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Novak Djokovic, Roger Federer at heart of 'great' debate

NEW YORK -- When the smoke cleared after the final Grand Slam event of the year, the landscape in men's tennis was bathed in a clear, pleasant light and the details stood out clearly.

Novak Djokovic dominates the game at the moment, so much so that speculations have started about his chances to match or surpass Roger Federer's record haul of 17 Grand Slam singles titles.

Wait -- didn't we just go through something like this a little while ago with some other guy?

Yes, but ... Djokovic's victory over Federer on Sunday at the US Open capped a summer that demands a rethinking of how we rank the greatest rivalries of the Open era. It also might have significantly altered that lively GOAT (Greatest of All Time) conversation, as well. Djokovic joined Federer and Rod Laver as one of the only three men in the Open era to reach all four Grand Slam finals in the same year. Sunday's win also gave the world No. 1 three Grand Slam titles for 2015.

"He's perfected his game on hard court, no doubt about it," Federer said after losing the four-set final when asked how many majors Djokovic might salt away. It was a significant concession, given that two of the four majors are contested on hard courts, and Djokovic already has set an Open-era record with his dazzling success at the Australian Open.

"[Djokovic] always was a great clay-court player," Federer continued, "and because he moves as well as he does, he's solid and consistent now on grass. To say the least, it's very impressive. He's having an unbelievable career."

Djokovic and Federer are also having an unbelievable rivalry that is already challenging Djokovic's wars with Rafael Nadal in volume and in quality. Sunday was the 42nd meeting between the US Open finalists, and it left them deadlocked with 21 wins apiece. Nadal has played Djokovic two more times, both wins for Nadal.

Both rivalries easily overshadow the next best in tennis: Ivan Lendl's 21-15 edge on John McEnroe and even Pete Sampras' 20-14 career advantage against Andre Agassi.

Nadal-Djokovic clashes tended to be four- or five-hour knockdown, drag-out demonstrations of trench warfare waged from distant baseline outposts. They have been wars of attrition featuring superb masters of defensive tennis.

By contrast, Djokovic versus Federer has the same kind of pleasing contrast presented by Lendl vs. McEnroe or Sampras vs. Agassi -- the attacker versus the defender and counterpuncher; glitzy offense (in Federer's case, that super-flashy SABR offense) crashing against a wall of gritty defense.

The three most recent matches between Djokovic and Federer (the finals at Wimbledon, Cincinnati and the Open, all within roughly a month) invited fickle tennis fans to wonder what they ever saw in those grueling Djokovic-Nadal matches in the first place. And if they didn't, the recent struggles from Nadal, who finished this year without a Grand Slam title for the first time in a decade, might have accomplished the same thing.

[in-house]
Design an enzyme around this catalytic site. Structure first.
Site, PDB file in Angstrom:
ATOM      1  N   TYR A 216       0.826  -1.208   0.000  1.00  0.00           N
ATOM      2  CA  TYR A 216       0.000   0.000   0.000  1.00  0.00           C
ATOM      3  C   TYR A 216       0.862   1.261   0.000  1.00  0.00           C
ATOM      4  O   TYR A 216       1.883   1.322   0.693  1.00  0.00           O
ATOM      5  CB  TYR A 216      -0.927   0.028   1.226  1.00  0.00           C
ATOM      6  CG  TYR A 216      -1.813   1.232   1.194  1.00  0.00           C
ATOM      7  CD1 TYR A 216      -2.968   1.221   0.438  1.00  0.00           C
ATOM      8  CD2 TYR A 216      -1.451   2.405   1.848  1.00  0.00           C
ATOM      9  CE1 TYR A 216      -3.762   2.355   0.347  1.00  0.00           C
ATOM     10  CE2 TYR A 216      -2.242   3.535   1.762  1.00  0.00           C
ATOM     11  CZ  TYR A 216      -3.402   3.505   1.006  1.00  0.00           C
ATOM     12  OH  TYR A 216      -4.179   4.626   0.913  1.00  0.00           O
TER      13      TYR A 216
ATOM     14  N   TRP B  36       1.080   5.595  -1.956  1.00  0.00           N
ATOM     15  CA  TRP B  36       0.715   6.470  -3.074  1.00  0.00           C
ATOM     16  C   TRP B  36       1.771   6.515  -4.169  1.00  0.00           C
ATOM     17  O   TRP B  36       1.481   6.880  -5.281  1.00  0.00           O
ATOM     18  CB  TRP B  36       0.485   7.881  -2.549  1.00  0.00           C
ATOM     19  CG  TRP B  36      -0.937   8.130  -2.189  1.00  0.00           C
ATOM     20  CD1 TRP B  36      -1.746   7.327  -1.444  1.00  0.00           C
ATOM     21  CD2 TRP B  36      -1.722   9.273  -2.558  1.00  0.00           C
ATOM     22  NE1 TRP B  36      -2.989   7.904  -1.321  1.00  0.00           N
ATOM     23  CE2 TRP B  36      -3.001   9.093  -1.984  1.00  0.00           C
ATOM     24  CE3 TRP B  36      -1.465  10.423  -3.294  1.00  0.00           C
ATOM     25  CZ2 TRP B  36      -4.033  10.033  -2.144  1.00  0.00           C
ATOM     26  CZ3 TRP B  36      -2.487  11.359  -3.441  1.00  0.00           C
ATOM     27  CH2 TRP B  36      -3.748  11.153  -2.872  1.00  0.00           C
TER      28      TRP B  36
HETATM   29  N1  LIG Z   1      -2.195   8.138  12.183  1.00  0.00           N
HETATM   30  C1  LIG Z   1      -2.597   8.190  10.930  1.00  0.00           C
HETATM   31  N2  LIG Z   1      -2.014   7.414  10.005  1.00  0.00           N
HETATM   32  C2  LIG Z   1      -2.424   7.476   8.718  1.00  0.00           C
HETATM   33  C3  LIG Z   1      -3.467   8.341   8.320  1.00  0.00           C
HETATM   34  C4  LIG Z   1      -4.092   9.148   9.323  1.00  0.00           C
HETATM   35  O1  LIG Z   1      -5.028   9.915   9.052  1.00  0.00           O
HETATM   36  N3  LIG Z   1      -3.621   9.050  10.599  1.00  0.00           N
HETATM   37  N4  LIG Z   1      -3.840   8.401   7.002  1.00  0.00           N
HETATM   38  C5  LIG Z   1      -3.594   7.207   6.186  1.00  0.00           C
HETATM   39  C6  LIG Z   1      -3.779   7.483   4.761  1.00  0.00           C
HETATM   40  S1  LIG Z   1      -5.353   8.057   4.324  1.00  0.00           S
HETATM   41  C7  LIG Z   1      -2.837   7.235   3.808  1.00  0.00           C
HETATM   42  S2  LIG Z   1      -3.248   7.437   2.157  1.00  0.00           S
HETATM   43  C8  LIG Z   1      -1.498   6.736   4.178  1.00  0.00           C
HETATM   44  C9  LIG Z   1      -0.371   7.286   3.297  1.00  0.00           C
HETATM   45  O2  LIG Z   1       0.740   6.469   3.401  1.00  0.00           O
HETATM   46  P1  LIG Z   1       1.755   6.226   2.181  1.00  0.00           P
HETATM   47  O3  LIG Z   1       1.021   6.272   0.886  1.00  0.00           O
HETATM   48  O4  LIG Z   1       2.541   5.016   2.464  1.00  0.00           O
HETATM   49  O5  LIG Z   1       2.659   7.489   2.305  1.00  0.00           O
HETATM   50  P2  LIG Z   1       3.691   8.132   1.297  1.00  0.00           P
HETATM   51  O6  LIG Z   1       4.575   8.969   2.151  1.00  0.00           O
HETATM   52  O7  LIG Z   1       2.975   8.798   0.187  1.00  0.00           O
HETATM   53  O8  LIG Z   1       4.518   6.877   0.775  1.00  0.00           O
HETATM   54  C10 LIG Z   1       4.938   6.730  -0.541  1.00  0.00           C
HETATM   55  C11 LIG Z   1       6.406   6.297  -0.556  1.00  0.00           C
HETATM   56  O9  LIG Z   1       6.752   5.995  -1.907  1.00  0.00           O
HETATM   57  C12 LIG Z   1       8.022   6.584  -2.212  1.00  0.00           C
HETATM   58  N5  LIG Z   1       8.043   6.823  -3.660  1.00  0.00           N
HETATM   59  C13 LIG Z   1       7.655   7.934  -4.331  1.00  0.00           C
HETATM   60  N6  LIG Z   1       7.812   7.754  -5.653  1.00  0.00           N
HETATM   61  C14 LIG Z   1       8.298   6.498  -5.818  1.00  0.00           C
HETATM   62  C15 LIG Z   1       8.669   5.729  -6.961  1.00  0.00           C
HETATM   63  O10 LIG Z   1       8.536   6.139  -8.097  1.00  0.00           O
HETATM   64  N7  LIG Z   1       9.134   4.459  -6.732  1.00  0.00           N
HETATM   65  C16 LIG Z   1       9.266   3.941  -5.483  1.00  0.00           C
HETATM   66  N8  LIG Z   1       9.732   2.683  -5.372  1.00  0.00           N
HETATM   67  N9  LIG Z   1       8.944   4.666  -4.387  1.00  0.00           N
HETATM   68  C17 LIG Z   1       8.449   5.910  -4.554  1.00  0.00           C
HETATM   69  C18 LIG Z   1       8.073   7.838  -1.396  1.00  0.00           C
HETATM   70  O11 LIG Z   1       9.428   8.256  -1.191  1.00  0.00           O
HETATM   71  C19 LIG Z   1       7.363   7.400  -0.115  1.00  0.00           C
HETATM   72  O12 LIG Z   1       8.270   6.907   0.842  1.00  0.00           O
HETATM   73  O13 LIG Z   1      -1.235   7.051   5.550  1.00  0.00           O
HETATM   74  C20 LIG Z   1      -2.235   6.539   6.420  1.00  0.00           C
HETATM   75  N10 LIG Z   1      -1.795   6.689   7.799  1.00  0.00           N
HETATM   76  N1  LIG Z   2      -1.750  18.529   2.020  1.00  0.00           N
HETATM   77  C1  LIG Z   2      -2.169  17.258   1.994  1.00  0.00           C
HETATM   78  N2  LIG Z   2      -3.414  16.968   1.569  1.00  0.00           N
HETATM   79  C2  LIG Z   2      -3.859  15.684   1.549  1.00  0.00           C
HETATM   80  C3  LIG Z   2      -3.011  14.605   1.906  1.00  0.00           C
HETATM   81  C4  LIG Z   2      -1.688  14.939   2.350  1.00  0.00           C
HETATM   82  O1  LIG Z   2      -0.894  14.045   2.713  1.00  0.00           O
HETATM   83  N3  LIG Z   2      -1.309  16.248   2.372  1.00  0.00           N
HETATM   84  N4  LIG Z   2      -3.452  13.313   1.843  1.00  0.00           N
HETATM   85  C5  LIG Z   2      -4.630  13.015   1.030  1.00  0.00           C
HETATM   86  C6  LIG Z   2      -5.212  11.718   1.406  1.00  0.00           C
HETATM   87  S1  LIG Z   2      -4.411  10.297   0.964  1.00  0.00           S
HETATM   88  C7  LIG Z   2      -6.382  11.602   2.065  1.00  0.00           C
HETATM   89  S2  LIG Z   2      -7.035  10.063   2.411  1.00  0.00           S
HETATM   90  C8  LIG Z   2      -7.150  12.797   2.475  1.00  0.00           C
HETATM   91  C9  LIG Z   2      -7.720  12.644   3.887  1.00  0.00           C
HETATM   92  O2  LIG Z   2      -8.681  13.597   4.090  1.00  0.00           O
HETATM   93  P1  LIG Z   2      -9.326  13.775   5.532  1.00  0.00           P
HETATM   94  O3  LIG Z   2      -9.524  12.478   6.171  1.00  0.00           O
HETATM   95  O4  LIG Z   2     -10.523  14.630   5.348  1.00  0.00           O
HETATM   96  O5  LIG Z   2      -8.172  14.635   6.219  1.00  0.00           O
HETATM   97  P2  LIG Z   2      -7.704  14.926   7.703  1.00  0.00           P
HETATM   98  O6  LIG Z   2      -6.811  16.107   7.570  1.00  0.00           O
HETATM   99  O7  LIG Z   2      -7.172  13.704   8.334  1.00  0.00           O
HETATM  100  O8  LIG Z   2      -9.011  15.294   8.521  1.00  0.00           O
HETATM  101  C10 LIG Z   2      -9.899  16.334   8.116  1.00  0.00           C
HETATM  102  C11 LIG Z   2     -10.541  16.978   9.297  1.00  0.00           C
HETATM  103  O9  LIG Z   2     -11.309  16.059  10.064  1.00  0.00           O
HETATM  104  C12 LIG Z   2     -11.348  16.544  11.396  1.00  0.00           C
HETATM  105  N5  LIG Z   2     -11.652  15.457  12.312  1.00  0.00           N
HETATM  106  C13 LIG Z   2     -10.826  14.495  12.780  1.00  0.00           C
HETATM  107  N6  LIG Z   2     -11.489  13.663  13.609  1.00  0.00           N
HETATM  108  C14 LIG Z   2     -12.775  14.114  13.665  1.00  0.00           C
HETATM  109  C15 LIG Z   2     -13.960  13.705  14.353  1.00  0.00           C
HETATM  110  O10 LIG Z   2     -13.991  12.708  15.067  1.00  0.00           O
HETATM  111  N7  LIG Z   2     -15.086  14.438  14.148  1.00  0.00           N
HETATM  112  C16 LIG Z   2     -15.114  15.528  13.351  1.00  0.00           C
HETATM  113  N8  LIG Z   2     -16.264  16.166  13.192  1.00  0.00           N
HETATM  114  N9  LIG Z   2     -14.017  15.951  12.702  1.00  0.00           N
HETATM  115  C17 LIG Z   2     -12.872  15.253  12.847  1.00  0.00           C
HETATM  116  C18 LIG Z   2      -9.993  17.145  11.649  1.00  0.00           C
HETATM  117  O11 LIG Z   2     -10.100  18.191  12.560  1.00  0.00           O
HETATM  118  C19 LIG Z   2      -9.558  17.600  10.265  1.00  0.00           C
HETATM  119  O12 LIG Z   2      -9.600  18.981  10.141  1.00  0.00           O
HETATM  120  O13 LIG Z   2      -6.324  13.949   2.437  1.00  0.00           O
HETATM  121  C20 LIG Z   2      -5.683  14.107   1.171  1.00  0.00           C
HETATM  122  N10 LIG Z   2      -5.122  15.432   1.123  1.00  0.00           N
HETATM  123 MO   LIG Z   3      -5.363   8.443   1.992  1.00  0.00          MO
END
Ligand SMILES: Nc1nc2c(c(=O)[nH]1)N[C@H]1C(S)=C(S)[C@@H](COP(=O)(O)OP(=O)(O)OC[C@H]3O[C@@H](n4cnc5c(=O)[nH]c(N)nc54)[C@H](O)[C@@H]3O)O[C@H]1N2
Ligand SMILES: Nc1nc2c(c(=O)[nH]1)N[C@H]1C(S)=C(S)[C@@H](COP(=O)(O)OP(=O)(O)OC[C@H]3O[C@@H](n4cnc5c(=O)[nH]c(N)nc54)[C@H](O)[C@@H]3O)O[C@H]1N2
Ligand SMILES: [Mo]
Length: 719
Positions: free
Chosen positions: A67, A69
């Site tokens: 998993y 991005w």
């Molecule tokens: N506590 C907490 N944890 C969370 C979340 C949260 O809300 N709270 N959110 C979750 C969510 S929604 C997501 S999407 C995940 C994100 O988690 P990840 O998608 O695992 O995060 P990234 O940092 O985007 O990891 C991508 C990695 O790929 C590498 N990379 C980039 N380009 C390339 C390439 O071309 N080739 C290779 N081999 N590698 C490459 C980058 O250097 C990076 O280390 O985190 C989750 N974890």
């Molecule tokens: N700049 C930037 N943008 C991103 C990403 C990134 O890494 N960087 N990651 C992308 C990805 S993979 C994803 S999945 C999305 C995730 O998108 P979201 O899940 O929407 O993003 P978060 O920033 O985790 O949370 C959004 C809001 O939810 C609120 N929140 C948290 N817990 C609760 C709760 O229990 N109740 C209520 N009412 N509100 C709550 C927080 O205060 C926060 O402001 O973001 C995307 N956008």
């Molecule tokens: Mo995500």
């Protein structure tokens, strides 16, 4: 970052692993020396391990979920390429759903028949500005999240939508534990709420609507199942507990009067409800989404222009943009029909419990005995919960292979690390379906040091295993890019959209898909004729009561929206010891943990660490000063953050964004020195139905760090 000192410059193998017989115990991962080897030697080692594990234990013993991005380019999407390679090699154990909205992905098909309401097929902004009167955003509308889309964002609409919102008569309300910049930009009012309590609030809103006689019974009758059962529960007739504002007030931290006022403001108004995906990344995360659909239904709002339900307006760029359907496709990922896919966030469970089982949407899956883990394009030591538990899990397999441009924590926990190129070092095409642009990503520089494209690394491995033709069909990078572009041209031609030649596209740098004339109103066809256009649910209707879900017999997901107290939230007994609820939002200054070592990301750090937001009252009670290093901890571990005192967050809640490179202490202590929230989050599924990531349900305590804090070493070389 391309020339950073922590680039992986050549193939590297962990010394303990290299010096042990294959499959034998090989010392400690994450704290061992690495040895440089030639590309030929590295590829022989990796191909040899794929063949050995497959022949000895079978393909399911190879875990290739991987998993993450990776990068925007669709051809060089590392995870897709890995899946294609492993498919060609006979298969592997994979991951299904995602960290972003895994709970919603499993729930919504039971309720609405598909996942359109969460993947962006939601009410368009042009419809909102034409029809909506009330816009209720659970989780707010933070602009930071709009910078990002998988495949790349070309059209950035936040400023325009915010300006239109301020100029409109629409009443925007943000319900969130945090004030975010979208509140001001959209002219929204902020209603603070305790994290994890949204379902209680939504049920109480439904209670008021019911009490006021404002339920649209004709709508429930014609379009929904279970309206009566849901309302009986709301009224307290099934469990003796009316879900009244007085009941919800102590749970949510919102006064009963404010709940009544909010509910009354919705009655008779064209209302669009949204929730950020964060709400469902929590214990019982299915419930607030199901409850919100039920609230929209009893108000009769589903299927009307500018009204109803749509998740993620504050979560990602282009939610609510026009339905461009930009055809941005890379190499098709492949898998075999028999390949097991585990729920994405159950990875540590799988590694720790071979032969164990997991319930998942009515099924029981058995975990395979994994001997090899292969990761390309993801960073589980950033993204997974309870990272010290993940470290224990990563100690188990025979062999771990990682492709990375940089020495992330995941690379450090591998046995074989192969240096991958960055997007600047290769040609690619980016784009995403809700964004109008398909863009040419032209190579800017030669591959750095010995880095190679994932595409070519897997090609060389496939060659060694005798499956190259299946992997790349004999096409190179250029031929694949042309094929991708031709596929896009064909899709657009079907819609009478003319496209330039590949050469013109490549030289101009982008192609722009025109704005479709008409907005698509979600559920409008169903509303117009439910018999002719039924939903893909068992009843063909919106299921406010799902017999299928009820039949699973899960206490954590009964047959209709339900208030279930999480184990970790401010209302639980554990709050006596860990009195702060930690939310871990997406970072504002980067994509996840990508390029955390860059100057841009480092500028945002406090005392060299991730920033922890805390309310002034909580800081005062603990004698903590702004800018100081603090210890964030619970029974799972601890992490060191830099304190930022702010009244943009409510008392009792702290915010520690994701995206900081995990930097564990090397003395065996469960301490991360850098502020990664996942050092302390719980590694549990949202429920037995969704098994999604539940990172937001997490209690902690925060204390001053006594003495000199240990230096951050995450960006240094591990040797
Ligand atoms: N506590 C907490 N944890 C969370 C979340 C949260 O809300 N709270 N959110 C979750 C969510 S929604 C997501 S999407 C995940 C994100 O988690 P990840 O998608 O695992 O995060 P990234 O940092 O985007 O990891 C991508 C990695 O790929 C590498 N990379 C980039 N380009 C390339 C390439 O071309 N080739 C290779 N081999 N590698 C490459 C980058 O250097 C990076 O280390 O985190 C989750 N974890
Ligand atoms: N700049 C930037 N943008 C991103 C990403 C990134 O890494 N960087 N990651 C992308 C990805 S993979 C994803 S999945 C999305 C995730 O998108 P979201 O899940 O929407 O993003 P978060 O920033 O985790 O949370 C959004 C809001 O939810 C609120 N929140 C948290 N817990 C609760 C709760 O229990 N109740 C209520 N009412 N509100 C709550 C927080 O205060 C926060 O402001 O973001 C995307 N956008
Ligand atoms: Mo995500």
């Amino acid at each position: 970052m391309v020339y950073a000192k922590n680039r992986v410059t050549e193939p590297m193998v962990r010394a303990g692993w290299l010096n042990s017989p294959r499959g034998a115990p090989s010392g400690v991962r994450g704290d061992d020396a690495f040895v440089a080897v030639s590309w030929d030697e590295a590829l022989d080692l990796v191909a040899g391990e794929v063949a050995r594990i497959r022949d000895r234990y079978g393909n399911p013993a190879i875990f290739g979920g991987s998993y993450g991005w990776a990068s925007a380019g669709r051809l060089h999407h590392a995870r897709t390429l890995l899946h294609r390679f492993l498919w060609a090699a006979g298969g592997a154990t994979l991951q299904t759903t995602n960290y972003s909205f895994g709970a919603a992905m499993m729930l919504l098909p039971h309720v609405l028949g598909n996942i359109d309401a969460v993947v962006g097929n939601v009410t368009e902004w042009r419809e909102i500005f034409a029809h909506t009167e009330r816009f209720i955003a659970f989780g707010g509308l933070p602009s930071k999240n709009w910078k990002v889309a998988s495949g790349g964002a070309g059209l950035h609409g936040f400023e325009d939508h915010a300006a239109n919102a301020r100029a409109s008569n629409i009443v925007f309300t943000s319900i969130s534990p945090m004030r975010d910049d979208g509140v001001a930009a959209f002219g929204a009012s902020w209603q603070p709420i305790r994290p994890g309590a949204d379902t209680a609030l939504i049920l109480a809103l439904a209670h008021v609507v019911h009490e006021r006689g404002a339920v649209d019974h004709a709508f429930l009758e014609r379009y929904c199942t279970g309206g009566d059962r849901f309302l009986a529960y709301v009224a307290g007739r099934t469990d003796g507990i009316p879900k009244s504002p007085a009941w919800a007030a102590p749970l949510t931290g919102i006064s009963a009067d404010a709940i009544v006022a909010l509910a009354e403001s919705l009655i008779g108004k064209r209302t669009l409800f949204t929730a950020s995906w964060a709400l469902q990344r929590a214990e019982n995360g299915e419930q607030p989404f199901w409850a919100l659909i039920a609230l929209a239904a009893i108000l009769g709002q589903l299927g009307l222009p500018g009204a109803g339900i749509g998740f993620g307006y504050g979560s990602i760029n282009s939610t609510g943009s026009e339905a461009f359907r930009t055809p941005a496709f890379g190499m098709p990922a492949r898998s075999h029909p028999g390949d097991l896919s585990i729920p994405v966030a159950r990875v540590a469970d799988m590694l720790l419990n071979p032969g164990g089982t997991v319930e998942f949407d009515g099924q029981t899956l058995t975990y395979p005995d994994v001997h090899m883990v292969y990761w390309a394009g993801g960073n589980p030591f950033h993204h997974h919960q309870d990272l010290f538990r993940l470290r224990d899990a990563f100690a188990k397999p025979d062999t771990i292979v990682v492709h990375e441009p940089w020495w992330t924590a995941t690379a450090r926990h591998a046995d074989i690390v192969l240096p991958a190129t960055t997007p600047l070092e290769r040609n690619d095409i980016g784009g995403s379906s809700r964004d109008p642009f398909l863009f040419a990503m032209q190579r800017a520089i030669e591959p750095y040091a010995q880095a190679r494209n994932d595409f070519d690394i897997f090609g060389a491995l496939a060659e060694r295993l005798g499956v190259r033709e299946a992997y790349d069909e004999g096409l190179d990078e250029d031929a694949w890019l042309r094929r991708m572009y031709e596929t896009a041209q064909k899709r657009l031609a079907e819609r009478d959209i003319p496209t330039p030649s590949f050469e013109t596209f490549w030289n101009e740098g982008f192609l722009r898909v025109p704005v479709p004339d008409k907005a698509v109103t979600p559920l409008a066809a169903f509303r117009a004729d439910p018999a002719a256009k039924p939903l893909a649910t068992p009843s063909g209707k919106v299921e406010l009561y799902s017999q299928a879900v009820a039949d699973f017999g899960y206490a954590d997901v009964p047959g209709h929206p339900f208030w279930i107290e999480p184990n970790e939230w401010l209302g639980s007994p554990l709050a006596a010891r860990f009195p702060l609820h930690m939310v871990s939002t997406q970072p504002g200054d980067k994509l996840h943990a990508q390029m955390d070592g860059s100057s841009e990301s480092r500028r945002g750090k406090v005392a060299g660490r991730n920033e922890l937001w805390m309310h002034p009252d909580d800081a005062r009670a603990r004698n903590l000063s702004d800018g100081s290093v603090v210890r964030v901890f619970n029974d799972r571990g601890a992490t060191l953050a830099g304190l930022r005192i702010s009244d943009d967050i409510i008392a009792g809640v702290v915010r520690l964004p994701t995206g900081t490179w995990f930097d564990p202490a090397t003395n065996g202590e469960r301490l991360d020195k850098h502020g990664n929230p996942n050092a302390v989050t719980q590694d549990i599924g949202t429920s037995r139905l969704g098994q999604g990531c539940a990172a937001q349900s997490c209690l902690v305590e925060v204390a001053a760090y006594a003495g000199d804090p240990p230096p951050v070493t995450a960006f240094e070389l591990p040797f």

No one is silly enough to mistake news reports for gospel truth, but the way players interact with the media often give us more insight into their state of mind than the words they utter, or withhold. Nadal, who was humble, honest and patient with the media throughout his highly publicized travails this year, finally cracked at this tournament after grappling with his slump.

"I am No. 8 in the world; I am not No. 100," Nadal said in his news conference after his second-round victory against Diego Schwartzman. "I am not so bad. After I arrive here with the victory, I come back to the locker room [hearing outsiders] saying how bad I am. Every day. ... [It] seems like I come here and if I am saying the truth, if I am being honest, it is bad. ... I don't know what you want of me."

The incident opened a small window into the frustration Nadal has bottled up inside. It also suggested that the former No. 1 and holder of 14 Grand Slam titles has plenty of issues to sort out before he's ready to take a run at reasserting his claim as Djokovic's greatest rival. That leaves Federer time to make hay while the sun is shining.

This shift in the order of tennis merit probably began in earnest at the start of 2014, when Stan Wawrinka crashed the Big Four party and upset Nadal in the Australian Open final (ominously, Nadal nursed a bad back in that match, although Wawrinka certainly played a high-quality match).

That now seems ages ago, but it's barely been a year and a half. At the time, Nadal was hot on Federer's trail of Grand Slam records, having added two majors in 2013 (along with five Masters 1000 titles). With 13 Grand Slam titles to Nadal's name (and presumably at least a few more to come), and a clear head-to-head advantage against Federer (23-10), many people believed it was just a matter of time before he would lay claim to the Greatest of All Time title.

But Nadal stalled in that Melbourne final and has since won only one major (2014 French Open) and a single Masters event. Nadal's claim to superiority is melting away as he squirms and struggles, while Federer still makes it look easy, astonishing fans, and rivals, at the age of 34.

It's hard to tell how much longer Federer can go on, or how many more times he might lock horns with Djokovic. But they might already have created the best rivalry in tennis; it's certainly the most interesting in terms of the contrast in styles.

Federer resolutely marches on in the history books, and he's still hearing footsteps behind him. This time they belong to a different guy. At least for now.